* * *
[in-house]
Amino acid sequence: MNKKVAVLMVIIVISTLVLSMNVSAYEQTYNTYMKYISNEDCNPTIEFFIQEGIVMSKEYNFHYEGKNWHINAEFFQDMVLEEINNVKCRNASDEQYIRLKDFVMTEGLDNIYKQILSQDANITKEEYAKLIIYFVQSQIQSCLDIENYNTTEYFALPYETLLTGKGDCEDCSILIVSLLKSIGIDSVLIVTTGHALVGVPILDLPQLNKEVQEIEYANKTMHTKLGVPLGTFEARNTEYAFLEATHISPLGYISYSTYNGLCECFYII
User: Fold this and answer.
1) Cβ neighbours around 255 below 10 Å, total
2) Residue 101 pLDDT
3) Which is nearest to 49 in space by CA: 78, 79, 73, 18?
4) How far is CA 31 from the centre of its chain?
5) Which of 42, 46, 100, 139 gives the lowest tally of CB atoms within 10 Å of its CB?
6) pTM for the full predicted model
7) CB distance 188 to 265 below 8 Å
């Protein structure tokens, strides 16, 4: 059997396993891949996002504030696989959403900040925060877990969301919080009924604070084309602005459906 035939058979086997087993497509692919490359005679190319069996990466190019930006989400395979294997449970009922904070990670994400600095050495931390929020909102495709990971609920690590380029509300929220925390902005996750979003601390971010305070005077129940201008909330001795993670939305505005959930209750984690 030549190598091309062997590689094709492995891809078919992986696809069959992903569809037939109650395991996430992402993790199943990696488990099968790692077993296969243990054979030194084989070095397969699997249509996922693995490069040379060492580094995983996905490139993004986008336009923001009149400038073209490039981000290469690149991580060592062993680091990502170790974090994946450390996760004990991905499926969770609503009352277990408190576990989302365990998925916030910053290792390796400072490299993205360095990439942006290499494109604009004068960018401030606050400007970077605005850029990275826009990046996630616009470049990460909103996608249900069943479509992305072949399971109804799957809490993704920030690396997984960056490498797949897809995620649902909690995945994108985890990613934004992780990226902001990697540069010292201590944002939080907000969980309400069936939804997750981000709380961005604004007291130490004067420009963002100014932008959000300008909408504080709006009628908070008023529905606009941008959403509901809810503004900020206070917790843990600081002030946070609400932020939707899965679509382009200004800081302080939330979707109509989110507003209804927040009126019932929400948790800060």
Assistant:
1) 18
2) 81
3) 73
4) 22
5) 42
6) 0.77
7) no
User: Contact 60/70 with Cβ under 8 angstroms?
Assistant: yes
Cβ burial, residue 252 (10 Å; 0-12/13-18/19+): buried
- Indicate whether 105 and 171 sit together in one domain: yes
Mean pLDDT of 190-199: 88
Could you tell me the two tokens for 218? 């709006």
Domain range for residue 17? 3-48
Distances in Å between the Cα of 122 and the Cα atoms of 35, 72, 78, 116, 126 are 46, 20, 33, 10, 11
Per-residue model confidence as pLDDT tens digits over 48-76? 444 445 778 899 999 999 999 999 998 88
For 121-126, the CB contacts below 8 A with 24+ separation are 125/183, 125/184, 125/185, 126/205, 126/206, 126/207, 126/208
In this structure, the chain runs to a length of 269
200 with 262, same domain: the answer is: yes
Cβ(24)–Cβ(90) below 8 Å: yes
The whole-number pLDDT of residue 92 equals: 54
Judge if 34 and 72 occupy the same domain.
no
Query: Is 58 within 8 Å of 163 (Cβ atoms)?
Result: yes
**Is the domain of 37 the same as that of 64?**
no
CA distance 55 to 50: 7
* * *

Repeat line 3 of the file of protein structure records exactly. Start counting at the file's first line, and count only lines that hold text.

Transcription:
User: Fold this and answer.